Thursday, August 6, 2009

Home Again, Home Again, Jiggity Jig

Tuesday broke cool and partly cloudy at 4:30 for me. Rolling out of the bag I broke camp, loaded up Piggy, and was about to leave the Sturgis experience behind. Just before strapping on the brain bucket I had to stop and slowly look over what had been home base for the past five days. Soaking up the memories of this first Sturgis foray like a kitten lapping up that first taste of milk, it was over too quickly, but I felt it was time to go. Gassed up and on the road at six, I rolled through the downtown area at 30 mph trying to linger just a bit longer.

Out of town on 14A a great road to Deadwood and points south, but this time the road seems different. I only see one car and another bike pulling a trailer for the first thirty miles. I play keep up with the other bike to judge how Petunia runs with Piggy tagging along. Keeping up isn't a problem, but I get the sense that he isn't very happy with me and gets to a speed that I wasn't willing to match, so I just let him go. I have a noticeable uncomfortable feeling this morning sitting in the saddle. I just can't get comfortable and riding begins to feel mechanical as it takes some effort and not the usual free flow that I am used to. But I press on.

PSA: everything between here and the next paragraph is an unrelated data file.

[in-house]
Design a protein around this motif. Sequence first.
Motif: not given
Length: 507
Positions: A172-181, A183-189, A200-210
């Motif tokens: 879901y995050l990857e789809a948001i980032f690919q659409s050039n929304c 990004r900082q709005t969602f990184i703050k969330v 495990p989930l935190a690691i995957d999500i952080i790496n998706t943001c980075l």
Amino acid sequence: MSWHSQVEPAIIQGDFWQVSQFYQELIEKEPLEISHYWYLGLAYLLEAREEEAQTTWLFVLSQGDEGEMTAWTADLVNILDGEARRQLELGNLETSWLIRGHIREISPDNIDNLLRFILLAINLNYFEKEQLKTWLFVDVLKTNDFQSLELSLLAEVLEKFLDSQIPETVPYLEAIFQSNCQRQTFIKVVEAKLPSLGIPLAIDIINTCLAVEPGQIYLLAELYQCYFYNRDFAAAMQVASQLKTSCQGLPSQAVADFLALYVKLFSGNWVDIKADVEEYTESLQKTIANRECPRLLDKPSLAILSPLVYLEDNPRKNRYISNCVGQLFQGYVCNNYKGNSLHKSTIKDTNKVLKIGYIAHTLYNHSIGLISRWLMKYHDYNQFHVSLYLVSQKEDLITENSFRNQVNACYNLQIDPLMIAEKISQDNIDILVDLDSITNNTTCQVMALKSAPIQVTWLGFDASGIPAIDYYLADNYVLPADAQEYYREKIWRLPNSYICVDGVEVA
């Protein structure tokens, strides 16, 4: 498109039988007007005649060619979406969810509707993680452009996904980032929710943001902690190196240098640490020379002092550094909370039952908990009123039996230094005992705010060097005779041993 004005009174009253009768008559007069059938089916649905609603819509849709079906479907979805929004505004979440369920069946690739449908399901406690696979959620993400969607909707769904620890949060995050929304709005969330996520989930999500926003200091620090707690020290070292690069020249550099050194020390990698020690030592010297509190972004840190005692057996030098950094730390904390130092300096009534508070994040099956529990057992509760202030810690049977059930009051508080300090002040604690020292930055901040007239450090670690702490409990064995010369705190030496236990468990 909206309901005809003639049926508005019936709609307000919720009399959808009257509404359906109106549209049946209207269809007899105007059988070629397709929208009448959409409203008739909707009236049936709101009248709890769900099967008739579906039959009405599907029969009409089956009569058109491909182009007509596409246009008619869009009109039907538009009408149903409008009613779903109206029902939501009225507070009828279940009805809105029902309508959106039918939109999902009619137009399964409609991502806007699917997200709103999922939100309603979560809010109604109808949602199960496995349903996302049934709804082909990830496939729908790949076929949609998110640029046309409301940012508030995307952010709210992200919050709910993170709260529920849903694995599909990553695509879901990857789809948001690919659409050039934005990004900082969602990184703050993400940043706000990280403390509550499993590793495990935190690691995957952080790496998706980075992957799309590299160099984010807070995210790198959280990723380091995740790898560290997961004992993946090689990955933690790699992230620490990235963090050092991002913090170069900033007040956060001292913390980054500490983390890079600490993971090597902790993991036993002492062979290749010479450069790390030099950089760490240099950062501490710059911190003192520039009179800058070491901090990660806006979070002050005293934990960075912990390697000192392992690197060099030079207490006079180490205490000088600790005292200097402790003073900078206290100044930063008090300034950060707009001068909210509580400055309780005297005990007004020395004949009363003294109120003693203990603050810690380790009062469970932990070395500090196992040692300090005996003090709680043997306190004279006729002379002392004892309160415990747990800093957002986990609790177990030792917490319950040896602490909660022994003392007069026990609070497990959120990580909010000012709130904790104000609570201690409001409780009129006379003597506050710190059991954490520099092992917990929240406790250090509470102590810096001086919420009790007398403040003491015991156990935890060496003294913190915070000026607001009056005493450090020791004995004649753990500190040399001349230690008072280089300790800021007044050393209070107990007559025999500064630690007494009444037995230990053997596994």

Forty five miles from Newcastle, Wyoming I catch up to the bike with the trailer on two lane winding roads. We encounter two trucks pulling trailers and it is slow going. Finally he pulls out and the trucks close up to prevent him from getting between them, so he flies blind to pass both of them. I'm riding in second gear creeping along watching and waiting to make a move. Finally I can see around them enough to make a move and the first asshole moves over the yellow line to block me. I pull back behind him and as soon as he comes back into the lane I shoot out again and am next to him before he can react. A short while later I encountered some fog and it had cleared considerably when I felt it was safe to stop for a picture.